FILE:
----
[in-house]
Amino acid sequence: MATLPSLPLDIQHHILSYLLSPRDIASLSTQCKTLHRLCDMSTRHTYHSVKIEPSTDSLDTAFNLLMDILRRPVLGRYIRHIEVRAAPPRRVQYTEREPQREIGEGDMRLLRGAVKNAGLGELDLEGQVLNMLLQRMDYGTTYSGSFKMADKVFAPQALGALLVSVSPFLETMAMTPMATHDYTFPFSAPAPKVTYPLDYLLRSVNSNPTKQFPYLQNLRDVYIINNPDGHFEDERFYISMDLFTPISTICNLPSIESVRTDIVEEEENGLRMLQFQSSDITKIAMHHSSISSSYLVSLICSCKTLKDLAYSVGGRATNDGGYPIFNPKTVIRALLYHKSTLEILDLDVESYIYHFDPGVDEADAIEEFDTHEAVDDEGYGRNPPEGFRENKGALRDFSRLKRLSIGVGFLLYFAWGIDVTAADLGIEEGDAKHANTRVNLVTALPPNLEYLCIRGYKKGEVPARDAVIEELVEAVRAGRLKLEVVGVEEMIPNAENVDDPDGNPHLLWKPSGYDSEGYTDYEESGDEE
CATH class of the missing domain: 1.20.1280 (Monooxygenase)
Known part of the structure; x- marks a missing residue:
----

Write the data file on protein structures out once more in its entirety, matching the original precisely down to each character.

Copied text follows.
[in-house]
Amino acid sequence: MATLPSLPLDIQHHILSYLLSPRDIASLSTQCKTLHRLCDMSTRHTYHSVKIEPSTDSLDTAFNLLMDILRRPVLGRYIRHIEVRAAPPRRVQYTEREPQREIGEGDMRLLRGAVKNAGLGELDLEGQVLNMLLQRMDYGTTYSGSFKMADKVFAPQALGALLVSVSPFLETMAMTPMATHDYTFPFSAPAPKVTYPLDYLLRSVNSNPTKQFPYLQNLRDVYIINNPDGHFEDERFYISMDLFTPISTICNLPSIESVRTDIVEEEENGLRMLQFQSSDITKIAMHHSSISSSYLVSLICSCKTLKDLAYSVGGRATNDGGYPIFNPKTVIRALLYHKSTLEILDLDVESYIYHFDPGVDEADAIEEFDTHEAVDDEGYGRNPPEGFRENKGALRDFSRLKRLSIGVGFLLYFAWGIDVTAADLGIEEGDAKHANTRVNLVTALPPNLEYLCIRGYKKGEVPARDAVIEELVEAVRAGRLKLEVVGVEEMIPNAENVDDPDGNPHLLWKPSGYDSEGYTDYEESGDEE
CATH class of the missing domain: 1.20.1280 (Monooxygenase)
Known part of the structure; x- marks a missing residue: